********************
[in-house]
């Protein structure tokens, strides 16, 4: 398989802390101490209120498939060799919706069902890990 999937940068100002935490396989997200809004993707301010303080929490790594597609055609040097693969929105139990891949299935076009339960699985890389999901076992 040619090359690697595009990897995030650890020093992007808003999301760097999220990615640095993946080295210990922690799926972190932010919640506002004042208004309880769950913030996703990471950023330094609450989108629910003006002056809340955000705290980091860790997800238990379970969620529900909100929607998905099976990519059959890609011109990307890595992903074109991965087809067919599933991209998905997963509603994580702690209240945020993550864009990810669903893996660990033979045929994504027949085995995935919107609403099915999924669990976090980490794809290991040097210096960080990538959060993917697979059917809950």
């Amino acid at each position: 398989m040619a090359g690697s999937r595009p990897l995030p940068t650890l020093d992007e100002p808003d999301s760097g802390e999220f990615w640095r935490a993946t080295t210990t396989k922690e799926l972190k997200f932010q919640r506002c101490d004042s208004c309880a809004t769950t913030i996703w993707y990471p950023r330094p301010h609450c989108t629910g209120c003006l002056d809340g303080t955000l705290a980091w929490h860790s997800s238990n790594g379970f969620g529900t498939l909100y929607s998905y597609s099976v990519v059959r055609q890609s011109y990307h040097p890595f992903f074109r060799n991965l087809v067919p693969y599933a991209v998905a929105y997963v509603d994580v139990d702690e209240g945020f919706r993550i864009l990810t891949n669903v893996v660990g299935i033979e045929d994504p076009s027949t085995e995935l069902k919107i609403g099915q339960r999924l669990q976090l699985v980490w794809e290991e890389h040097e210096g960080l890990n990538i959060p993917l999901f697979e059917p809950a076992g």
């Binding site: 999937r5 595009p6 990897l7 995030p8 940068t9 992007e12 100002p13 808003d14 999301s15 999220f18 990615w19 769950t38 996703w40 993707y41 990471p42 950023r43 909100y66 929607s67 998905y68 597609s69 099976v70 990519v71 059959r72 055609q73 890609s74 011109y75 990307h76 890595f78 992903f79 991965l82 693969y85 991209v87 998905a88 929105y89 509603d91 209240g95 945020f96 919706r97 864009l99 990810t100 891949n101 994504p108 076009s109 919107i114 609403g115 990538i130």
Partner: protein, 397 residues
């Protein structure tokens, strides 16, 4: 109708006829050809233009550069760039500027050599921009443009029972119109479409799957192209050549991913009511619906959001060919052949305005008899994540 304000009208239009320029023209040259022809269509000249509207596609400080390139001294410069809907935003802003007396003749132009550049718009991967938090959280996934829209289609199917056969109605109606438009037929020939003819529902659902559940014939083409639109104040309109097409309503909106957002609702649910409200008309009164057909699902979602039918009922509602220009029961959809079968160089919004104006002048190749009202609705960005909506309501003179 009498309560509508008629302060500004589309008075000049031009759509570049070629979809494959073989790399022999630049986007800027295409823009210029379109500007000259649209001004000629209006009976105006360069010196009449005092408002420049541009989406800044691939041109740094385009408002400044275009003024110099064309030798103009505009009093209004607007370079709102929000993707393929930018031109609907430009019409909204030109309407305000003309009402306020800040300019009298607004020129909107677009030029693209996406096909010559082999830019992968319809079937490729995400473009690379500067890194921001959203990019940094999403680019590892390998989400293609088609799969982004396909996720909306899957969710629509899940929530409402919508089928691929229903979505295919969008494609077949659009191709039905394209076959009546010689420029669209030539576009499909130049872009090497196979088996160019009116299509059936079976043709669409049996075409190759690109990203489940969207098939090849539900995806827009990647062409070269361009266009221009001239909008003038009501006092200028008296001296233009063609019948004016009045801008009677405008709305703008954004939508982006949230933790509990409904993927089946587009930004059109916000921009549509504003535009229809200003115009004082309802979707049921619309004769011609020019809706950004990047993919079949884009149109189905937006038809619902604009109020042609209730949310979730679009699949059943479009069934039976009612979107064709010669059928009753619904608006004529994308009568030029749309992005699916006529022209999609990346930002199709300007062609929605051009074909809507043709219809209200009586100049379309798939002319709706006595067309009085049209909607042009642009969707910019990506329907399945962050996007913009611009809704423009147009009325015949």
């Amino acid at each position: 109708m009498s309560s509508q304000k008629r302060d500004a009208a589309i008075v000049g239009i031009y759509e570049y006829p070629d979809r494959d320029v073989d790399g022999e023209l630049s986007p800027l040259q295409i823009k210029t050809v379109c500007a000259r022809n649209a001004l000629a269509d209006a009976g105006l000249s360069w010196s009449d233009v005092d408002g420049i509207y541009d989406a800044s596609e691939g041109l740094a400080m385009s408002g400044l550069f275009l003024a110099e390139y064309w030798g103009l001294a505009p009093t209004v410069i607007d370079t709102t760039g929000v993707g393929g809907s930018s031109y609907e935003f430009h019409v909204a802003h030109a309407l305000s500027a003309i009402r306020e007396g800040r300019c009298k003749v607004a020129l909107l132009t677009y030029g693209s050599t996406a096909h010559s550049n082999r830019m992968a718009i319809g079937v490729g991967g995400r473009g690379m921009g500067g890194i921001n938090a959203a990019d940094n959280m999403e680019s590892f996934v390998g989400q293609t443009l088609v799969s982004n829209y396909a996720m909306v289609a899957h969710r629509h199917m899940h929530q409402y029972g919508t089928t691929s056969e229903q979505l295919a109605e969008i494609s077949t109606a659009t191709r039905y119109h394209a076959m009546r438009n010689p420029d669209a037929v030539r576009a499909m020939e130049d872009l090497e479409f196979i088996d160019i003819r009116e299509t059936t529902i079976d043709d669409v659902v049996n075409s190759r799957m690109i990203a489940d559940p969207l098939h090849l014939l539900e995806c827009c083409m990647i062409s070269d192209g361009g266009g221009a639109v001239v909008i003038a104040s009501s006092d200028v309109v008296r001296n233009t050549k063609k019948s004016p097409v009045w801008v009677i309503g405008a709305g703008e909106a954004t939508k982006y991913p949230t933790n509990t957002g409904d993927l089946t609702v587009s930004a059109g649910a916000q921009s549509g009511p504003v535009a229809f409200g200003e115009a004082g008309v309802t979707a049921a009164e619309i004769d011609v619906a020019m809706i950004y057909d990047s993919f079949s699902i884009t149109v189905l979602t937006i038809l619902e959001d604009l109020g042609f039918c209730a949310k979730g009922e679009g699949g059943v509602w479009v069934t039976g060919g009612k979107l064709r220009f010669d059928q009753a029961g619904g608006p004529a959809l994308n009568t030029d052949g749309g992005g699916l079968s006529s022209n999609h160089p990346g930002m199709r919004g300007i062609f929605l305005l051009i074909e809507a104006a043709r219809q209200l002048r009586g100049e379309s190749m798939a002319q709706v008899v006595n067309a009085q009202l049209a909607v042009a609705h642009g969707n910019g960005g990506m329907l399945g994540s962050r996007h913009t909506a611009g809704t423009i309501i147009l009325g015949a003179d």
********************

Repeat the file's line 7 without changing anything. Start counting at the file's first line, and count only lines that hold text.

């Amino acid at each position: 109708m009498s309560s509508q304000k008629r302060d500004a009208a589309i008075v000049g239009i031009y759509e570049y006829p070629d979809r494959d320029v073989d790399g022999e023209l630049s986007p800027l040259q295409i823009k210029t050809v379109c500007a000259r022809n649209a001004l000629a269509d209006a009976g105006l000249s360069w010196s009449d233009v005092d408002g420049i509207y541009d989406a800044s596609e691939g041109l740094a400080m385009s408002g400044l550069f275009l003024a110099e390139y064309w030798g103009l001294a505009p009093t209004v410069i607007d370079t709102t760039g929000v993707g393929g809907s930018s031109y609907e935003f430009h019409v909204a802003h030109a309407l305000s500027a003309i009402r306020e007396g800040r300019c009298k003749v607004a020129l909107l132009t677009y030029g693209s050599t996406a096909h010559s550049n082999r830019m992968a718009i319809g079937v490729g991967g995400r473009g690379m921009g500067g890194i921001n938090a959203a990019d940094n959280m999403e680019s590892f996934v390998g989400q293609t443009l088609v799969s982004n829209y396909a996720m909306v289609a899957h969710r629509h199917m899940h929530q409402y029972g919508t089928t691929s056969e229903q979505l295919a109605e969008i494609s077949t109606a659009t191709r039905y119109h394209a076959m009546r438009n010689p420029d669209a037929v030539r576009a499909m020939e130049d872009l090497e479409f196979i088996d160019i003819r009116e299509t059936t529902i079976d043709d669409v659902v049996n075409s190759r799957m690109i990203a489940d559940p969207l098939h090849l014939l539900e995806c827009c083409m990647i062409s070269d192209g361009g266009g221009a639109v001239v909008i003038a104040s009501s006092d200028v309109v008296r001296n233009t050549k063609k019948s004016p097409v009045w801008v009677i309503g405008a709305g703008e909106a954004t939508k982006y991913p949230t933790n509990t957002g409904d993927l089946t609702v587009s930004a059109g649910a916000q921009s549509g009511p504003v535009a229809f409200g200003e115009a004082g008309v309802t979707a049921a009164e619309i004769d011609v619906a020019m809706i950004y057909d990047s993919f079949s699902i884009t149109v189905l979602t937006i038809l619902e959001d604009l109020g042609f039918c209730a949310k979730g009922e679009g699949g059943v509602w479009v069934t039976g060919g009612k979107l064709r220009f010669d059928q009753a029961g619904g608006p004529a959809l994308n009568t030029d052949g749309g992005g699916l079968s006529s022209n999609h160089p990346g930002m199709r919004g300007i062609f929605l305005l051009i074909e809507a104006a043709r219809q209200l002048r009586g100049e379309s190749m798939a002319q709706v008899v006595n067309a009085q009202l049209a909607v042009a609705h642009g969707n910019g960005g990506m329907l399945g994540s962050r996007h913009t909506a611009g809704t423009i309501i147009l009325g015949a003179d």